JK: There haven’t really been counterexamples. I would argue that the closest are the ones that I referenced at the end of the essay: There are some pattern recognition receptors, and particularly those that bind to [lipopolysaccharides] (LPS), that probably detect all bacteria, regardless of whether they are a pathogen or not. So, they would seemingly violate this thesis. But I also highlighted that 90 percent of the multicellular life on our planet does not have LPS receptors.
TS: One of the things that you mentioned within your essay is the idea that this could drive experimentation into new categories of immunotherapies, or antibiotics that target cell walls to degrade them and induce an immune response. Are there obvious or feasible next steps towards testing that?
JK: There are! Yeah, that idea, I would argue, is quite ripe for testing by the biotech and pharmaceutical communities, and even the academics who are medically inclined. Because what we typically do when we screen for anti-infectants is screen for them in a very minimalistic model. So for example, antibiotics that target bacteria: We grow these bacteria on a petri dish, and we see if an antibiotic will stop them from growing. But I would predict, based on this idea, that some antibiotics target the cell wall and cause cell wall components to be released, effectively creating a scenario where you effectively get a two-for-one deal. Your antibiotic will also will not only kill the bacteria, but also induce innate immunity to the killed bacteria because, in that instance, the killed bacteria is the equivalent of a failed infection.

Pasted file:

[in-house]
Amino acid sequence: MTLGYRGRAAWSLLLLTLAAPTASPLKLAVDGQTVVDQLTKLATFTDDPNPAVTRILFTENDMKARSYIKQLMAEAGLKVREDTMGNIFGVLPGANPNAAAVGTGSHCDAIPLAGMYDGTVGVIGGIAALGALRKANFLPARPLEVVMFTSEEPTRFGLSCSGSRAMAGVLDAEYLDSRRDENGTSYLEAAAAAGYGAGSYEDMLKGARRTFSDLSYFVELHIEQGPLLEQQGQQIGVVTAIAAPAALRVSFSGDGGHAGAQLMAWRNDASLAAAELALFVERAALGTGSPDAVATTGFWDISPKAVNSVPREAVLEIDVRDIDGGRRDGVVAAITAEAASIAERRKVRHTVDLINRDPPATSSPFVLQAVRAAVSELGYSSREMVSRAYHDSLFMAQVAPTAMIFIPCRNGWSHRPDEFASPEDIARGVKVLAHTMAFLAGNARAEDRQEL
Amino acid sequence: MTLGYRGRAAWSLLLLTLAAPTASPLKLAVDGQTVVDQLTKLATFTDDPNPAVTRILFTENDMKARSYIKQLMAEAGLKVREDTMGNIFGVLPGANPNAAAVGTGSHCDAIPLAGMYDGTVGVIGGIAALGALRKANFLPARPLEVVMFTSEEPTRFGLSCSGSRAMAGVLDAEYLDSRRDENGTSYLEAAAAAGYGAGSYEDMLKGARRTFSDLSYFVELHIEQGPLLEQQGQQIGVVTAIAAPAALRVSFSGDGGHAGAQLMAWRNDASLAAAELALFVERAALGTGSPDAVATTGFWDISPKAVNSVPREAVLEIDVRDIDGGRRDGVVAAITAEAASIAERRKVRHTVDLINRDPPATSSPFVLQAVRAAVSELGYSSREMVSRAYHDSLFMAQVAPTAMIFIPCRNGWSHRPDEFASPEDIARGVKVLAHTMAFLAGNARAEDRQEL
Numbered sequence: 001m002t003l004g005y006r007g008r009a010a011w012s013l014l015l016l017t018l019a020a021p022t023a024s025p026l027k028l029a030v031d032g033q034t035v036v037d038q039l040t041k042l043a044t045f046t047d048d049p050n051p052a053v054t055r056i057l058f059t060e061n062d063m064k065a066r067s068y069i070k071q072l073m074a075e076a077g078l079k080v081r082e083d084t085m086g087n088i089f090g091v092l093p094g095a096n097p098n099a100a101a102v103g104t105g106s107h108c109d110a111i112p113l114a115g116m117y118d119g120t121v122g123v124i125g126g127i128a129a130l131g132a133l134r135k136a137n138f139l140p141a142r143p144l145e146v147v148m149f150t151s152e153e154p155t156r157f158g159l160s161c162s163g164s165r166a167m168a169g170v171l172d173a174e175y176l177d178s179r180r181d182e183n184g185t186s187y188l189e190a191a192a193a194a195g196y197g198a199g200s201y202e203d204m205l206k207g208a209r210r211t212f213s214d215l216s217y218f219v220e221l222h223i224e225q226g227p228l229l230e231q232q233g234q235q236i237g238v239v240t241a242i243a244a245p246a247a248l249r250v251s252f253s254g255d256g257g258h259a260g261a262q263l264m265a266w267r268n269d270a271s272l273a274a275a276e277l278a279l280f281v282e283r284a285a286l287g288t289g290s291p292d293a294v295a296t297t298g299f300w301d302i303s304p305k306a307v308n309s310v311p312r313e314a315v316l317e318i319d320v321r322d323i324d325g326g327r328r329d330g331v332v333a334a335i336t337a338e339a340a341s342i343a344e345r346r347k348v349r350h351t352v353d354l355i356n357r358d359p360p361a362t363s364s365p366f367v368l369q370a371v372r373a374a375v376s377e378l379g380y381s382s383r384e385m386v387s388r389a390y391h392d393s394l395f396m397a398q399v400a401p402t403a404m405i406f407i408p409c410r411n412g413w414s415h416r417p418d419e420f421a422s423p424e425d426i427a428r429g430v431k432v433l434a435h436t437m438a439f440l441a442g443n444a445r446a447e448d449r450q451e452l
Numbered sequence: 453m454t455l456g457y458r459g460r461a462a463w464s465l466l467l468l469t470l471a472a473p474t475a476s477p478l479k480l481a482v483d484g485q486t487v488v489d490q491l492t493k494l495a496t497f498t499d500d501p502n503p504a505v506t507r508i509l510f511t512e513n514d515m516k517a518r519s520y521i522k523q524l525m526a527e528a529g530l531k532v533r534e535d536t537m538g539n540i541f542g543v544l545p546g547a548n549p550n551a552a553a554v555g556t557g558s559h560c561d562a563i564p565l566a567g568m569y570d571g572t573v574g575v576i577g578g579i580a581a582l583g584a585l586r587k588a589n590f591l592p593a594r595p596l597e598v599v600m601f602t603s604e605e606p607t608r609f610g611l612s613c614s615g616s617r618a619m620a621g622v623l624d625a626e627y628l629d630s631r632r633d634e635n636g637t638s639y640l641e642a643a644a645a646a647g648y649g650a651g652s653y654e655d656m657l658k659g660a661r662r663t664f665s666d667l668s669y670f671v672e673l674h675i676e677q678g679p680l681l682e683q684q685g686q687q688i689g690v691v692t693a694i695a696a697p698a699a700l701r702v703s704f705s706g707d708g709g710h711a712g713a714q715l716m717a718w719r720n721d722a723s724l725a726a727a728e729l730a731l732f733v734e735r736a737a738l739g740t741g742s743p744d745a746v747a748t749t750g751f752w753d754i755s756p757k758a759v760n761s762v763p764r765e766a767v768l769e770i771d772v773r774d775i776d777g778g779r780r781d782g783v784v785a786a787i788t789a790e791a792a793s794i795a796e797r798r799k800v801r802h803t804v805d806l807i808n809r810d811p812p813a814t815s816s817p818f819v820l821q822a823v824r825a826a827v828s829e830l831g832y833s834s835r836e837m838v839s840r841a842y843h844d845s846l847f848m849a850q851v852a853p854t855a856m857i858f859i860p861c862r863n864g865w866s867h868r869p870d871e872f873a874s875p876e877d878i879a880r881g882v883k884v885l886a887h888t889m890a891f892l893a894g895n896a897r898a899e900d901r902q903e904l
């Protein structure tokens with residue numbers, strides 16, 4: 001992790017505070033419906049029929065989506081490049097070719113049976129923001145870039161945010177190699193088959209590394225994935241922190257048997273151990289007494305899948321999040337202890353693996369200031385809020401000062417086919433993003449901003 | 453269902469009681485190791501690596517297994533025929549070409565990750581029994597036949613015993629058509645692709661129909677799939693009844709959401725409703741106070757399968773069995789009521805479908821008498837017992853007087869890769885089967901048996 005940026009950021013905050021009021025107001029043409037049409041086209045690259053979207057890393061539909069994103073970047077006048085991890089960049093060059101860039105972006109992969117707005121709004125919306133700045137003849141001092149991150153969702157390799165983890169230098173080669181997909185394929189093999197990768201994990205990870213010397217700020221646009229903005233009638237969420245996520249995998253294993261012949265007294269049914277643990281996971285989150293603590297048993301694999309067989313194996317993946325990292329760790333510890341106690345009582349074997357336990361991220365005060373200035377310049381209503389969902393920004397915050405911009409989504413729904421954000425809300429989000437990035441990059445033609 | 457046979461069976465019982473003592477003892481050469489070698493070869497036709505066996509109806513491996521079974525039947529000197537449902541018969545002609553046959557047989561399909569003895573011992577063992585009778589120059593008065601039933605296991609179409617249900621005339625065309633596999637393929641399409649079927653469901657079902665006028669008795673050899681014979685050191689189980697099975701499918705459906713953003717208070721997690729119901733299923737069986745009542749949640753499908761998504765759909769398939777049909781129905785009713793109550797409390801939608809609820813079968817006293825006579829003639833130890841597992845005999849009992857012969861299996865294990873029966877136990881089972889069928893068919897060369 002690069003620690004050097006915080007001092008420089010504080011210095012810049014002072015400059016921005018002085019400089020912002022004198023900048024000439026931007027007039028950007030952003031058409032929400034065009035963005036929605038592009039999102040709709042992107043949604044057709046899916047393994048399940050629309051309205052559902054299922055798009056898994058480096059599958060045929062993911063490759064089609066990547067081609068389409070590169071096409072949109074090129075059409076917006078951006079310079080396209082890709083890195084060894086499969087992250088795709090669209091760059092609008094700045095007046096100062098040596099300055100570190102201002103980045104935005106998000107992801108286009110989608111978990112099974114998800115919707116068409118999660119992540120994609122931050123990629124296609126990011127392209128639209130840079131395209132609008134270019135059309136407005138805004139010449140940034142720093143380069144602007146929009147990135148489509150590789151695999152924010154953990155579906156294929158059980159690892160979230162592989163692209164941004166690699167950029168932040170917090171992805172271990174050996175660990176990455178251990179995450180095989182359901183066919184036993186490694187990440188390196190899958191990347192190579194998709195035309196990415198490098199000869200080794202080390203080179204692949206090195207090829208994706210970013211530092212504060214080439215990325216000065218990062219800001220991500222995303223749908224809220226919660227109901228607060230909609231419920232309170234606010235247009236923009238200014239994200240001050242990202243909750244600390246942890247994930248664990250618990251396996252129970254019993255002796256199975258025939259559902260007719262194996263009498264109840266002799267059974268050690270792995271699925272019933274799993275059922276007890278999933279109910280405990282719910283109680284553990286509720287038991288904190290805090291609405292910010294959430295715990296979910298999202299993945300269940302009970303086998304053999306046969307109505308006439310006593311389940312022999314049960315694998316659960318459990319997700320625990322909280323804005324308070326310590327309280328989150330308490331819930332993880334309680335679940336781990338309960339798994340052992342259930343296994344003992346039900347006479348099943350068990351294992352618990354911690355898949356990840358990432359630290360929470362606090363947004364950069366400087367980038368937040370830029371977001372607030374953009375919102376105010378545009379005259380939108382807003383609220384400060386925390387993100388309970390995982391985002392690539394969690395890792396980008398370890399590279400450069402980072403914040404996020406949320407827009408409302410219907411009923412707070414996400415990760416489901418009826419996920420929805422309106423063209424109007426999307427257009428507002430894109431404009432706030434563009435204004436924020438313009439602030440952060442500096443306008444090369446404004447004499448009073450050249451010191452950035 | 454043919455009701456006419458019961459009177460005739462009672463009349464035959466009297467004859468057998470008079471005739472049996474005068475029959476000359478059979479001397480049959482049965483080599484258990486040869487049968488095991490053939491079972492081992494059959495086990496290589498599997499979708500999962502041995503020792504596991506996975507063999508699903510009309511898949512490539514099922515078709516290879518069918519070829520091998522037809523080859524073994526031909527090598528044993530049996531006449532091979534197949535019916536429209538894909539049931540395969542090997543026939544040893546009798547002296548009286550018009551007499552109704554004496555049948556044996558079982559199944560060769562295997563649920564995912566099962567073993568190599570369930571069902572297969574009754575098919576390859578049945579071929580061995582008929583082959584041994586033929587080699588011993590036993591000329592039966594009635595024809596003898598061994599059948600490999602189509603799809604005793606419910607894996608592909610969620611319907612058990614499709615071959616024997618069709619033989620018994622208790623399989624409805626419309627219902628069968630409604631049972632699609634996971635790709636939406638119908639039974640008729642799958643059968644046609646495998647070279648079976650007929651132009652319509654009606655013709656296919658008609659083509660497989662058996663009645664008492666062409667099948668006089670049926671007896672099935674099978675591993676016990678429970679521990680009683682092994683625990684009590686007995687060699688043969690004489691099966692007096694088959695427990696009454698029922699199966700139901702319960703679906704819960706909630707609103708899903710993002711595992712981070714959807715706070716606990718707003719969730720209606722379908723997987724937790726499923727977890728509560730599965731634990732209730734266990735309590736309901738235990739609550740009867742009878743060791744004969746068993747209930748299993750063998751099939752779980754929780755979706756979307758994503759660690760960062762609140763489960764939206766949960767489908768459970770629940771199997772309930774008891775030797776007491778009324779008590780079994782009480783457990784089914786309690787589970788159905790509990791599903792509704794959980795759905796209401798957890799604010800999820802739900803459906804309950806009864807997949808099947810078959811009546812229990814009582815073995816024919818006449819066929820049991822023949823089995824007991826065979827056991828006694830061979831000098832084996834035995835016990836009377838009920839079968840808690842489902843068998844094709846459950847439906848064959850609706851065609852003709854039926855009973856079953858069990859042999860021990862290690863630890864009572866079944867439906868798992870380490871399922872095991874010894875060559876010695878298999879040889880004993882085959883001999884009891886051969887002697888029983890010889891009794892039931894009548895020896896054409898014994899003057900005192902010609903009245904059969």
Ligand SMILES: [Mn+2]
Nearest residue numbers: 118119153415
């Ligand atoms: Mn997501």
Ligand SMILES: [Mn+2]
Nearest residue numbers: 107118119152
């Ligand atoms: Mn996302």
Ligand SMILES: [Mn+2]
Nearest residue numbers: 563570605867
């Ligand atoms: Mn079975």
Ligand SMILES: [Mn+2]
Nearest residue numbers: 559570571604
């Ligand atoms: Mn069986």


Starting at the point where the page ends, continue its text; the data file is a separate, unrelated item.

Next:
You can also think about this from the perspective of the numerous viral entry inhibitors that are out there on the market today, and particularly the ones for SARS-CoV-2. The strategy used to screen for those is again in a very minimalistic system, not an immune cell. The prediction would be that if you blocked viral entry, you will of course prevent viruses from multiplying. But if you did that screen for drug development in an immune cell, the prediction would be that if you blocked viral entry, that bug will get stuck in a lysosome and killed, and you would then activate your pattern recognition receptors.